Zoran Djindjic Internship Programme of German Business
Title: Zoran Djindjic Internship Programme of German Business
Commissioned by: German Federal Ministry for Economic Cooperation and Development (BMZ)
Countries: Albania, Bosnia and Herzegovina, Kosovo, Croatia, Macedonia (FYROM), Montenegro, Serbia
Overall term: 2014 to 2016
Directly following the assassination of Serbian Prime Minister Zoran Djindjic in 2003, the Committee on Eastern European Economic Relations (Ost-Ausschuss der Deutschen Wirtschaft, a joint organisation of the leading associations representing German business) and the German Federal Ministry for Economic Cooperation and Development (BMZ) launched the Zoran Djindjic Internship Programme. The two organisations wanted to honour the legacy of the Prime Minister and to draw the people of Serbia and the other countries in the region closer to the European Union.
The Western Balkan region continues to suffer from very high youth unemployment. At the same time, companies view the shortage of qualified workers as a major obstacle to conducting business in the region. In the Western Balkans, university education does not generally include any practical experience, so that university graduates often lack the practical skills they need to gain a foothold in the professional world and move forward with their careers. Their knowledge and skills do not meet the requirements of potential employers.
The knowledge and skills demonstrated by university graduates are increasingly closer to those required by employers.
The Internship Programme of German Business offers students and recent university graduates from Albania, Bosnia and Herzegovina, Kosovo, Croatia, Macedonia, Montenegro and Serbia the opportunity to enrol for three to six-month corporate internships at leading German companies. These internships give the students an insight into Germany's corporate culture and introduce them to up-to-date management methods and work organisation.
Following their stay in Germany, the interns return to their respective home countries, bringing with them the know-how and skills they have acquired in Germany. The experience they have gained and the contacts they have made contribute to the economic development of their home countries and pave the way for productive bilateral relations with Germany; they also foster the formation and cultivation of business connections within the region itself. To maintain the momentum of this potential once the interns have returned home, the Committee on Eastern European Economic Relations and the Zoran Djindjic Internship Programme support an alumni network for former interns, with numerous activities in the countries in the region.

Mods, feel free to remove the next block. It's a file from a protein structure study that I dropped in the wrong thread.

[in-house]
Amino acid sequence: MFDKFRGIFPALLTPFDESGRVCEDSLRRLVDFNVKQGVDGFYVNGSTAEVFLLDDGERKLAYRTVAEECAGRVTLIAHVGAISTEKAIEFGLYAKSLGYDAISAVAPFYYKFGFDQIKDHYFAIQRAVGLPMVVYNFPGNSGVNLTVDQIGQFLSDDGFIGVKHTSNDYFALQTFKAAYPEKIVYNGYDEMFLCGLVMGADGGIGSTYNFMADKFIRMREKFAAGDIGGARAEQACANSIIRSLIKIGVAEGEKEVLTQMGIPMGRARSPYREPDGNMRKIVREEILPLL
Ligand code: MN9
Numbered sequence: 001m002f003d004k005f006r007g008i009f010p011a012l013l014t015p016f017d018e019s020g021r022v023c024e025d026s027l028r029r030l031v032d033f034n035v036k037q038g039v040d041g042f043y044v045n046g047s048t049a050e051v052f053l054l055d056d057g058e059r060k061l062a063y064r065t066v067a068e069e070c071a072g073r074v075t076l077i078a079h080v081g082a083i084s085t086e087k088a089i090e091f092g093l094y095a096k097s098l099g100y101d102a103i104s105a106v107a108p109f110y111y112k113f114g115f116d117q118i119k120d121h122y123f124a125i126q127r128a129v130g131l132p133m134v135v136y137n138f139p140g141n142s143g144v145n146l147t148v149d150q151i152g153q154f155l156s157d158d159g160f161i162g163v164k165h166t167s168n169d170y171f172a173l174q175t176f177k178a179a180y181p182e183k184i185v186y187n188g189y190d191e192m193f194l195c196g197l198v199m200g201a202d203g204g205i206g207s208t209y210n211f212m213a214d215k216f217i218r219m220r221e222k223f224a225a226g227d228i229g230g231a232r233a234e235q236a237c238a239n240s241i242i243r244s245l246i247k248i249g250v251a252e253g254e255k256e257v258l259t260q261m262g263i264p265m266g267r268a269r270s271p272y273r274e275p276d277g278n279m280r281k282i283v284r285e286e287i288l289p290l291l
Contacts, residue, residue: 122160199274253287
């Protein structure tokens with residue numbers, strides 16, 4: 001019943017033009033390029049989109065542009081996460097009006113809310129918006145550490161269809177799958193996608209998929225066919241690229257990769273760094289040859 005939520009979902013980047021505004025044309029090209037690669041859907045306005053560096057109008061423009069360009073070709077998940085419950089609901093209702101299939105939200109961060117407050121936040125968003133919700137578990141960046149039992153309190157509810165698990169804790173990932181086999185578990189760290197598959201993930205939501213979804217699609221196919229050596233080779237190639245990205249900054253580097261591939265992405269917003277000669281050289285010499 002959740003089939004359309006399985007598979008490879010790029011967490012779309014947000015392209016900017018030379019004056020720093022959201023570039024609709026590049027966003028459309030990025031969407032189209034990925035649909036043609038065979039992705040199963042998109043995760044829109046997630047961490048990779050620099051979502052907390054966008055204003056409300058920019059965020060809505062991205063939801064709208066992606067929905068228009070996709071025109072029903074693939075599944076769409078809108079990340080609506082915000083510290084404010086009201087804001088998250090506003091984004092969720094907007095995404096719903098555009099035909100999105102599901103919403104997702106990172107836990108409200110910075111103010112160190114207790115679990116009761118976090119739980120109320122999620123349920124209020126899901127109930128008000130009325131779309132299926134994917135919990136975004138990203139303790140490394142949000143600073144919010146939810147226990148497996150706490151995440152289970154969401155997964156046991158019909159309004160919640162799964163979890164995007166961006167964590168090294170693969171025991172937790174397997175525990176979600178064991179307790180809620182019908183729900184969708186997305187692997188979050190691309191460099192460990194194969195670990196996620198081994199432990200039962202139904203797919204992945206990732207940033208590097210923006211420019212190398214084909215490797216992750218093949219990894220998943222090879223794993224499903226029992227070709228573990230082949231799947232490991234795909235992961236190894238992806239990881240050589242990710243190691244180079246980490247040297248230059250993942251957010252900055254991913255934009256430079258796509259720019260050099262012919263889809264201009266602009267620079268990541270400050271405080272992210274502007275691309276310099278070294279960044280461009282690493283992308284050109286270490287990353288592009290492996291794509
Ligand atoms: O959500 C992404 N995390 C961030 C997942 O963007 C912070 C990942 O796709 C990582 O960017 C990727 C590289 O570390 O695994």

Through the internships and the intern alumni network, the programme makes an important contribution to regional reconciliation, vitalises business connections, and creates a pan-industrial network of young, internationally-minded professionals in the region.
Results achieved so far
Following three successful years, the internship programme was extended to encompass all the countries of the Western Balkans in 2007 and 2009.
Since 2004, around 450 young people from the Western Balkans have completed internships at more than 80 German companies.
The interns integrate their experience with German corporate culture into their everyday professional life. Thus the programme contributes significantly to advancing the skills of young people who think in international terms and want to help shape their country's economic and industrial development. In recent years the alumni network has developed successfully. To date it has more than 580 members, of whom 300 are active in local alumni clubs.
A 2012 follow-up survey showed that upon their return to their home countries, of some 250 participants interviewed 53.1 per cent - more than half - continued their studies, and 41.1 per cent found immediate employment. Particularly significant is the programme's major influence on regional understanding. Some 84 per cent of the participants reported that they had strengthened their regional connections and networks through the internship programme.
The new contacts forged by the former interns' in their professional life are on a par with those newly formed in their social life. The programme has thus fostered intra-regional understanding to a measurable degree. All the region's countries take part in equal measure.